Thursday, July 08, 2010
On matters of life and death
Death mask by Pants
I have been thinking about death a lot lately. I'm not in any great hurry mind, but I don't like to think of it being a long, protracted thing. I've never been ill, so I don't have any experience of medication - well not that kind anyway.
These days you virtually need a degree in pharmacology to have a conversation with a doctor. I only know about this from talking to my mother, who has a habit of reporting verbatim the contents of consultations she has with various health professionals. There are a lot of words ending in 'ine' and 'ol' and 'test' that I don't recognise.
Ma Pants was recently in hospital and shared a room with a nice old lady of 99. This lady had a condition that hampered her circulatory system. In times gone by we might have called this 'slowing down' and accepted it as a natural phase in the end-of-life cycle. But no. The nurses would wake this poor dear up in the morning and make her sit in a chair all day which distressed her deeply. All she wanted to do was get back into bed and go to sleep. The nurses wouldn't allow it. What if she died! The horror. Gone at 99. What a waste!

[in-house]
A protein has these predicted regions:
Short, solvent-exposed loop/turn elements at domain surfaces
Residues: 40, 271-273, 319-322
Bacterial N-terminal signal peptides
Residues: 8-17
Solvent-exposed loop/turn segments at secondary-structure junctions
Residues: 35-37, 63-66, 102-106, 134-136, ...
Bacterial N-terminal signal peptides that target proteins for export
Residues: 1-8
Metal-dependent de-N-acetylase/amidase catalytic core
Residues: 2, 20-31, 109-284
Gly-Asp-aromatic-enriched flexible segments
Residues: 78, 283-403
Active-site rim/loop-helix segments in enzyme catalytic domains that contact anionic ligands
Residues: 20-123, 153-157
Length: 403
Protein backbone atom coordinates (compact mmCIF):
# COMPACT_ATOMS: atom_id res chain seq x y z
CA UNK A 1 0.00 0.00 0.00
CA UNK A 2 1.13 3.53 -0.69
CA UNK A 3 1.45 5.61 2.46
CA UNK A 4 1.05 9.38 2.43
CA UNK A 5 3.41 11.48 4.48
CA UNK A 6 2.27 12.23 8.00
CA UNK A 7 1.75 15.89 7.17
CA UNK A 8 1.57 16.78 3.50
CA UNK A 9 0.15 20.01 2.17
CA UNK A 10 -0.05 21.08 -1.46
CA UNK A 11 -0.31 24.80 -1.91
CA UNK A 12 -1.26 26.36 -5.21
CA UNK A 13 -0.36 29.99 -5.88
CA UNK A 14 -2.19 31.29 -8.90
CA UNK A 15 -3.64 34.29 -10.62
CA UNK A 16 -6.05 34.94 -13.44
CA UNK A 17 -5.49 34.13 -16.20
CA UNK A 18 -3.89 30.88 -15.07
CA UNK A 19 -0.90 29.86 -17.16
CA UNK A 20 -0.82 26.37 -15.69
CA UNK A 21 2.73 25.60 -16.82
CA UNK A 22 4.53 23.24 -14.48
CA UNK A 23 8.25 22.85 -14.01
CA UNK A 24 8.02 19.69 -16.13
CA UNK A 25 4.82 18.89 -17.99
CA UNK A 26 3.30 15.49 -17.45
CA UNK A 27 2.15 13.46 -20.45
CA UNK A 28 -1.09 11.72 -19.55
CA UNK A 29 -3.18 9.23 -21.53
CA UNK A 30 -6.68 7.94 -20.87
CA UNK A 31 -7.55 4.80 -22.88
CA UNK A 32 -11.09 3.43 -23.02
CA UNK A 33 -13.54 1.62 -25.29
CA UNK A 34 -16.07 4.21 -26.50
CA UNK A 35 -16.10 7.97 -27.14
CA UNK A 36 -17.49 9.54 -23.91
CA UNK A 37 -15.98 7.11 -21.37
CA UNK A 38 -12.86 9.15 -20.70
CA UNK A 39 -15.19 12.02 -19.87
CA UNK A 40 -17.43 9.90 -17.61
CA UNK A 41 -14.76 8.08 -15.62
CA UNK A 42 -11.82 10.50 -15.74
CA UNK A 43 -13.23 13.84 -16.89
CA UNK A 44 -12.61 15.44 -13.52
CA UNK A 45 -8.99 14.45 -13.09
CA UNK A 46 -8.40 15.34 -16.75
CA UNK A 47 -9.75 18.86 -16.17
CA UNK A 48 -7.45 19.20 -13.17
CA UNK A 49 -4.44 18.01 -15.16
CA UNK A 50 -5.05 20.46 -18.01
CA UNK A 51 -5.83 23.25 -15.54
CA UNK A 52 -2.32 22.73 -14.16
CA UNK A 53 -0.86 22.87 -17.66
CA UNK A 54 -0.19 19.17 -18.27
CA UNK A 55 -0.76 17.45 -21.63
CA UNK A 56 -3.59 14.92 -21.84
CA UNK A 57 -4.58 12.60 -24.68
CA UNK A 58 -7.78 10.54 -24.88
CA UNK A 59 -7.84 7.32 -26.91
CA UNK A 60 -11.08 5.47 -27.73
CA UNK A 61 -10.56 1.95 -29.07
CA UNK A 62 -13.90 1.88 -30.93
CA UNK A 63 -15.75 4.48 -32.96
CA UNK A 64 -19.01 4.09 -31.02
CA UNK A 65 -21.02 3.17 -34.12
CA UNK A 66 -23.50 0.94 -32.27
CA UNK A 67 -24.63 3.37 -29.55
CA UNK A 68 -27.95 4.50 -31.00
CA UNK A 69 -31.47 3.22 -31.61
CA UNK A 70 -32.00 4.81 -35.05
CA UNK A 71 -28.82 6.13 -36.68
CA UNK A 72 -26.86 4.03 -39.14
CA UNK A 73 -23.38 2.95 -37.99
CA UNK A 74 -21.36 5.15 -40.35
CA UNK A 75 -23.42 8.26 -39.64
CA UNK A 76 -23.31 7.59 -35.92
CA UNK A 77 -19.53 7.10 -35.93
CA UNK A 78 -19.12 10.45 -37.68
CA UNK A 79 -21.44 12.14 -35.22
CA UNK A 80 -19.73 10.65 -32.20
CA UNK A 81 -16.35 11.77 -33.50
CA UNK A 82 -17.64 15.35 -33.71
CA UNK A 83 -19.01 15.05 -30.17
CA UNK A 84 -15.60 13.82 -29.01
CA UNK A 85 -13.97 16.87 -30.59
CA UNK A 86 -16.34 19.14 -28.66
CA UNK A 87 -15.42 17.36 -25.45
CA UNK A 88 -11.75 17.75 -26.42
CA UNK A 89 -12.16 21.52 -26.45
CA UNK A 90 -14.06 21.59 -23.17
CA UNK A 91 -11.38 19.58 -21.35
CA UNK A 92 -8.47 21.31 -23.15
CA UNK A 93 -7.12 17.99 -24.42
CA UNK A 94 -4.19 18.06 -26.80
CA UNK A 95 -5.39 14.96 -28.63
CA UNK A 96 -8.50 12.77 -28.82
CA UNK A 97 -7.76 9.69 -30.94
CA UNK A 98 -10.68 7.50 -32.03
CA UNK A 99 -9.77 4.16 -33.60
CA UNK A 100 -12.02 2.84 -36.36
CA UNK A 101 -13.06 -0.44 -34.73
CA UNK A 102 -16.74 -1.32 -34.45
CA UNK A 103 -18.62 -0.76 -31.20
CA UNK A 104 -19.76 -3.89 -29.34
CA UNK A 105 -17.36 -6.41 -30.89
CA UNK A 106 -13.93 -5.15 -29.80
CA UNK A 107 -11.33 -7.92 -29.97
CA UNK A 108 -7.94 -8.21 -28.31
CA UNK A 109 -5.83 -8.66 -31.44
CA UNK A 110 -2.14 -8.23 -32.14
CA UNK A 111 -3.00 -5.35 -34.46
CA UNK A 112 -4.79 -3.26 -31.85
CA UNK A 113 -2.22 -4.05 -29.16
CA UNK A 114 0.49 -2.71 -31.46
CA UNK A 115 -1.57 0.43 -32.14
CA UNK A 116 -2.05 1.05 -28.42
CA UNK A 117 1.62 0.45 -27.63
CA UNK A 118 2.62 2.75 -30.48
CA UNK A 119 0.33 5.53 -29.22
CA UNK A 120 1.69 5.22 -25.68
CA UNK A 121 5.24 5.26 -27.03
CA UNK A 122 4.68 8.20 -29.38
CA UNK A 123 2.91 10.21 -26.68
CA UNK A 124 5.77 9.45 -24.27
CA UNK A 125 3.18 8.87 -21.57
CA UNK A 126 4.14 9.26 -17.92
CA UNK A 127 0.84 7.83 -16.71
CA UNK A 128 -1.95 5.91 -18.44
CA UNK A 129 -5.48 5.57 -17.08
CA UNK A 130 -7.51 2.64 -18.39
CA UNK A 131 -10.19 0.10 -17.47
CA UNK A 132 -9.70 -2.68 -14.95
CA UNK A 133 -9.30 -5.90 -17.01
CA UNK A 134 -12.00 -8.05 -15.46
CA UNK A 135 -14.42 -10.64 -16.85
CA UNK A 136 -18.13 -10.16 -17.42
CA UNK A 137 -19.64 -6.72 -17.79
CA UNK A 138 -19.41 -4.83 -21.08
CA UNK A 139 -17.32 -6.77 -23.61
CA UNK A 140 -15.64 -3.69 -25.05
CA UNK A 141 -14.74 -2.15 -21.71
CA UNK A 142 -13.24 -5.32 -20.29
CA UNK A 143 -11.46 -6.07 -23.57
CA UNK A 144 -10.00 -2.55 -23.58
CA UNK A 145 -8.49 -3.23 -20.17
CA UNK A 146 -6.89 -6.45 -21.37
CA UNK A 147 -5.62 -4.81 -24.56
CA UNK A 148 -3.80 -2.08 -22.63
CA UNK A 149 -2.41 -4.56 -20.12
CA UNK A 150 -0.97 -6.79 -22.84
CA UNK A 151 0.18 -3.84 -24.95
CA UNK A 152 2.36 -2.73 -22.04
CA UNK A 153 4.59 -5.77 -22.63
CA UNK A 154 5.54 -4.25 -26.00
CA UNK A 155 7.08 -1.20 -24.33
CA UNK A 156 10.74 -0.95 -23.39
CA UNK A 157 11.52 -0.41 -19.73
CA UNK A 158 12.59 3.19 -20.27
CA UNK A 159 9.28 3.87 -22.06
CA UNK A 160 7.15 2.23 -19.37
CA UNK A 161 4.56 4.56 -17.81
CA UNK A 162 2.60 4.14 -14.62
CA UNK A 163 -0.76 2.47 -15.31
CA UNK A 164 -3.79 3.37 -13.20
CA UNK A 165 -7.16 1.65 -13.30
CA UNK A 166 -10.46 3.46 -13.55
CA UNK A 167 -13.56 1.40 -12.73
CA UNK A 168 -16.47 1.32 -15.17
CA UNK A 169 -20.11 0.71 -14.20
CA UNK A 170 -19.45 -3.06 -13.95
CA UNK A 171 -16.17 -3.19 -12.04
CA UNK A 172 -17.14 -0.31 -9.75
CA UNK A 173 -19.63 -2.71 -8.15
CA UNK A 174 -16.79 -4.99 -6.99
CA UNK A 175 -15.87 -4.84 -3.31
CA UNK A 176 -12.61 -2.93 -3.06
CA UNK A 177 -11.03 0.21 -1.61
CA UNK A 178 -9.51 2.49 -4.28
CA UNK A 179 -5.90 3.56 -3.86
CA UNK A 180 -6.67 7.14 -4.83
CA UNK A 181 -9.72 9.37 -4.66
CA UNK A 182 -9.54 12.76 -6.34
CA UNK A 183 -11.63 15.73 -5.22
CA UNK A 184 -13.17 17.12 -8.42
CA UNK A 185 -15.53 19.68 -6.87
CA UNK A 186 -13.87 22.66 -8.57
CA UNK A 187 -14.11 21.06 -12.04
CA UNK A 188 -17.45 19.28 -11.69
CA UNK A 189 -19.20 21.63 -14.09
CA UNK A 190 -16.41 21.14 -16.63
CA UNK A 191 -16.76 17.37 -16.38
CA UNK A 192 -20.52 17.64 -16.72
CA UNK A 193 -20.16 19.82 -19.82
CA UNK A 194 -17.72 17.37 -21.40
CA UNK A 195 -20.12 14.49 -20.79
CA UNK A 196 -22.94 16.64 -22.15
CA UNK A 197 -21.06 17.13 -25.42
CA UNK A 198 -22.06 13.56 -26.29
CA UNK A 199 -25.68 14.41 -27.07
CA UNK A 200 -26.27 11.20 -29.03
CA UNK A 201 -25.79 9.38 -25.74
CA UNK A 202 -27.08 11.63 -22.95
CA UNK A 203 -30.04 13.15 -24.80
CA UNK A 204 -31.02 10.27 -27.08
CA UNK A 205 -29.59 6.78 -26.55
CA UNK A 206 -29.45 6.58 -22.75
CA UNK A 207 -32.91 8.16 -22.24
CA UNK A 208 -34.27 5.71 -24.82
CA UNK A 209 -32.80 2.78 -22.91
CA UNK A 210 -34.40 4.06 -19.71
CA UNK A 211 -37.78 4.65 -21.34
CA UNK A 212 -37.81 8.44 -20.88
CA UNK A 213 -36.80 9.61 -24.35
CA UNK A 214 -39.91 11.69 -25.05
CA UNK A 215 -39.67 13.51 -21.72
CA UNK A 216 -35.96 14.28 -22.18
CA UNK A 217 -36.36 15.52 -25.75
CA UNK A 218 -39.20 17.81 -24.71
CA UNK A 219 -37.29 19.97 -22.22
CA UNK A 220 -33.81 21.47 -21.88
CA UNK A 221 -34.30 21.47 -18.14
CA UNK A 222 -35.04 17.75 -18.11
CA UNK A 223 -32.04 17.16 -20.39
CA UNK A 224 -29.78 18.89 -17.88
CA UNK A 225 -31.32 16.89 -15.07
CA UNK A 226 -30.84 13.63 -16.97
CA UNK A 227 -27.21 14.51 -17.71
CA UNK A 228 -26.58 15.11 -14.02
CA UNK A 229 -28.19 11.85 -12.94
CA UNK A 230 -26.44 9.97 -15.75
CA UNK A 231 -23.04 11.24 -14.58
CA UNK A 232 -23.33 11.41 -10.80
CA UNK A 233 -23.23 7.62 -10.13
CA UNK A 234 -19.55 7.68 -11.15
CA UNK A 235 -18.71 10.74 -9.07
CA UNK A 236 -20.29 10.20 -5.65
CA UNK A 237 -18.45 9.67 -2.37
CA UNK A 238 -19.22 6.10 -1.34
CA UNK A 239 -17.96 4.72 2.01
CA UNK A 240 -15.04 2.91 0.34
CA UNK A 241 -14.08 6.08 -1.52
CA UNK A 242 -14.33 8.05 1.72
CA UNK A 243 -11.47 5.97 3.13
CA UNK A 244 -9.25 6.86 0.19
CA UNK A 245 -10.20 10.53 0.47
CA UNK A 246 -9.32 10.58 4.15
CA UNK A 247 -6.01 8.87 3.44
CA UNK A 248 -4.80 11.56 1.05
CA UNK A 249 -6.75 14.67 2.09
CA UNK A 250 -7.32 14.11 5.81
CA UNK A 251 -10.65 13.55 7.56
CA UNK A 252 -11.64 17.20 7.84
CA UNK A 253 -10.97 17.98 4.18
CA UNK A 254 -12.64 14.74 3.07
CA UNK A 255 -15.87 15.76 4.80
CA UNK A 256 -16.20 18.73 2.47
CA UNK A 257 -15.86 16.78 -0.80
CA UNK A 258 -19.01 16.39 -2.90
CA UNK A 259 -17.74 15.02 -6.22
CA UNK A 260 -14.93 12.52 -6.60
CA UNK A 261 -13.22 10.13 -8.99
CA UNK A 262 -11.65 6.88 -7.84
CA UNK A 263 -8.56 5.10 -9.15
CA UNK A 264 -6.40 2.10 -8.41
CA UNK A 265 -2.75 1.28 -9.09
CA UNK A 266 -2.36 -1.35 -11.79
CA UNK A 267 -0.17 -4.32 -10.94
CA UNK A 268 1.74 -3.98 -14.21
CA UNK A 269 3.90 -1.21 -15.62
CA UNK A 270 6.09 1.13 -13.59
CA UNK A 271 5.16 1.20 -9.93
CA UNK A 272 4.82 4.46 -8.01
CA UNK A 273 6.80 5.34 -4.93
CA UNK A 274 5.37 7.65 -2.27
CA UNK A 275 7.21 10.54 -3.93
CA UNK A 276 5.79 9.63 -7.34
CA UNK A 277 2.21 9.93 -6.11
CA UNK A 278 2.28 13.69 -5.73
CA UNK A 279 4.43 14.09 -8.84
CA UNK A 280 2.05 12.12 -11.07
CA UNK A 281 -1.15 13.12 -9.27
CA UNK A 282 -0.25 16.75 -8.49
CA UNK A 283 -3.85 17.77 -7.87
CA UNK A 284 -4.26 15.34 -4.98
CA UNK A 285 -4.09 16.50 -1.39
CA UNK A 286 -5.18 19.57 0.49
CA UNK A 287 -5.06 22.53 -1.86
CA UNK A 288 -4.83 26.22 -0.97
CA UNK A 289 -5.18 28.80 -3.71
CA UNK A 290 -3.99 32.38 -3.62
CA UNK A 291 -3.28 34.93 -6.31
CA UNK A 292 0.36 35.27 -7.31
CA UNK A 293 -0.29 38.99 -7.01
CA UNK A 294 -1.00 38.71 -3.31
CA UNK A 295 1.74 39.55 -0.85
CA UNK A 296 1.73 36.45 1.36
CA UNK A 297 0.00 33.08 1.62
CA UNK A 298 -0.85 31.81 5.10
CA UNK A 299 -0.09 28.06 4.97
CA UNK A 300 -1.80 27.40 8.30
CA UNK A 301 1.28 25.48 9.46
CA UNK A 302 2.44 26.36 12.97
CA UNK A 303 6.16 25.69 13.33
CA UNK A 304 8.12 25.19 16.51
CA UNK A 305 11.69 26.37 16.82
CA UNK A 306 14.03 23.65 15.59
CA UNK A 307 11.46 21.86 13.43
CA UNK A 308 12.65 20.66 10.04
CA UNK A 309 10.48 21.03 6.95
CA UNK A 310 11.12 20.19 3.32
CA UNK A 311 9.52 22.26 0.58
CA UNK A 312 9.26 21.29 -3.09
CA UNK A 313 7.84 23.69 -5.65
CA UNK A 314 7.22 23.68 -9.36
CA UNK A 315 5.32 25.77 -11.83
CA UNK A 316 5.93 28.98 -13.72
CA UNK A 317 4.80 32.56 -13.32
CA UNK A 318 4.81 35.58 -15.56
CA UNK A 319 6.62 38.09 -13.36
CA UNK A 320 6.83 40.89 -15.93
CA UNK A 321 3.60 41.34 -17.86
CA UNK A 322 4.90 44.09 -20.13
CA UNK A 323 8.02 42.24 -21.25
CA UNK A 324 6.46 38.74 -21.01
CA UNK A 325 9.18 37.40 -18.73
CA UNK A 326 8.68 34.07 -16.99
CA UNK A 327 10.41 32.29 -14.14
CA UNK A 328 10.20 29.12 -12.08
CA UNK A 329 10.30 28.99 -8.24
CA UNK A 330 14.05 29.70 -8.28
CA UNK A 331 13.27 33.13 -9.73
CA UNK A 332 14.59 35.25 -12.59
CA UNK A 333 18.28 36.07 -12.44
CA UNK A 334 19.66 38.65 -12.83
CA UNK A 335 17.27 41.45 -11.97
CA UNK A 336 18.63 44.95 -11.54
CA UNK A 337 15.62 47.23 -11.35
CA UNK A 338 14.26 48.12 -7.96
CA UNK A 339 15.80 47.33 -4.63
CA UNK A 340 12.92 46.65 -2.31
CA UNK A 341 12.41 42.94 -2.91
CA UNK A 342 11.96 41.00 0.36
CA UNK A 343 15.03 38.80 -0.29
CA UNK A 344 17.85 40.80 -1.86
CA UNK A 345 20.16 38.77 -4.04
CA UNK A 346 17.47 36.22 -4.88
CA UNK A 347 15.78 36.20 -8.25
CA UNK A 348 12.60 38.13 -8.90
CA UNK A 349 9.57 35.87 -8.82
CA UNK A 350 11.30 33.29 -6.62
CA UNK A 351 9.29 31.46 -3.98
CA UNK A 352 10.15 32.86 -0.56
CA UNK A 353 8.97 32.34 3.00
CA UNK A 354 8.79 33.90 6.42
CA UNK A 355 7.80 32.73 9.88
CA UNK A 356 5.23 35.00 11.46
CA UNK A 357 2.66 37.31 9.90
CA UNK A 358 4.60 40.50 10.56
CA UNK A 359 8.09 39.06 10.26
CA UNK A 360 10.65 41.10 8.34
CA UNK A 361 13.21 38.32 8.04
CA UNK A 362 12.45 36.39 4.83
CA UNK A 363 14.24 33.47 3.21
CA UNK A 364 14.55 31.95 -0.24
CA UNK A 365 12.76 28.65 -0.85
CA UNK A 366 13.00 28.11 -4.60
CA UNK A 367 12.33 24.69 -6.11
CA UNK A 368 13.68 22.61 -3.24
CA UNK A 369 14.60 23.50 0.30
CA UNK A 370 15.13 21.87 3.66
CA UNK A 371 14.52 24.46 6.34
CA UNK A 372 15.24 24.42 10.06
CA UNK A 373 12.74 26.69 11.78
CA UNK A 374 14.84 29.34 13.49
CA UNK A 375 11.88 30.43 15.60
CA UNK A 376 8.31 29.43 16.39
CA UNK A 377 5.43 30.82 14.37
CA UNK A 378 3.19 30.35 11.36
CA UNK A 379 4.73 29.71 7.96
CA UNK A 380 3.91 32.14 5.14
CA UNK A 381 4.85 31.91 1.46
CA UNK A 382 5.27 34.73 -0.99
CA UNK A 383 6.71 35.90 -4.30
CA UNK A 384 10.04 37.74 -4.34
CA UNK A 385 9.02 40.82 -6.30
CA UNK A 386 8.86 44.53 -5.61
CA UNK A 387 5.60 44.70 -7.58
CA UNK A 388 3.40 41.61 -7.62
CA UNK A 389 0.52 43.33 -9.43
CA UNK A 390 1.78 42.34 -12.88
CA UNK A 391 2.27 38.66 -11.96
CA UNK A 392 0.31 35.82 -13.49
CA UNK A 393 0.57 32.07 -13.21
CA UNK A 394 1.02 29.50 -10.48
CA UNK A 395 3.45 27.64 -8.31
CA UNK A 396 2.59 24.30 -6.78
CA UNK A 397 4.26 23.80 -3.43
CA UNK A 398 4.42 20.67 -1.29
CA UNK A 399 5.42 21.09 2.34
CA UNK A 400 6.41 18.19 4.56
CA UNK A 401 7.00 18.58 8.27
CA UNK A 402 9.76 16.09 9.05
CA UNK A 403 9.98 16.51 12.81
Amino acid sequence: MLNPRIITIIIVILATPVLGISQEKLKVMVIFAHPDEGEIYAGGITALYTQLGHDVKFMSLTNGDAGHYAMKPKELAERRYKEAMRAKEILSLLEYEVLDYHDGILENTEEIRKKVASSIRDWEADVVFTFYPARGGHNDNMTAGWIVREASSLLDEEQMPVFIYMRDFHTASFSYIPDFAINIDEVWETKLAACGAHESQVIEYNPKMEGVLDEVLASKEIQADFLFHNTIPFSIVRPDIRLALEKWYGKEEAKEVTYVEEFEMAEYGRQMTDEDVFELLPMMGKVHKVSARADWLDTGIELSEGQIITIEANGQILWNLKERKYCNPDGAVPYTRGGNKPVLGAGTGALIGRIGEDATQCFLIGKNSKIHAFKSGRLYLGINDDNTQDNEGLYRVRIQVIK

It distressed Ma Pants and it distressed me too. For the old lady's sake. For Ma Pants's sake. For everyone who is ever at the mercy of a hospital policy's sake. Ma Pants worked out quite quickly that the lady wanted to lie down and die peacefully, in her sleep. Surely she'd earned that right. She was apparently clever enough not to state that desire openly. Talk about a red rag to a bull. You never, ever tell a health professional that you've enjoyed your stay on earth but would like to check out now please. They hate suicides almost as much as they hate the senseless, senseless deaths from motoring accidents. We're talking one-way ticket to involuntary life support. It means they'll keep you alive until you contract something statistically insignificant.
I don't normally think about death unless it happens to someone close. You think about it if a friend or relation has just died. That's natural. You're not supposed to be preoccupied by it all the time. But talk of death, or rather the deceiving of it seems unavoidable if you engage with any media at all. You're either supposed to be fighting off whatever viral enemy presumes to deprive you of the term of your natural life or adhering to some food conglomerate interest's version of an appropriate diet regime. I've never bothered with a healthy lifestyle and I've never been sick.
Which is sort of why I'm worried. I figure if I'm ever going to get sick, it's bound to be when I'm old and senile and unable to deal with the harrowing world of 'ines' and 'ols'. By that stage, anyone who does get sick will be in everyone's bad books because we'll have had twenty or so years of indoctrination about how to avoid illness and so it must be our fault if we succumb. About the worst fate I can imagine is to be 99 and not be allowed to just lay down and die.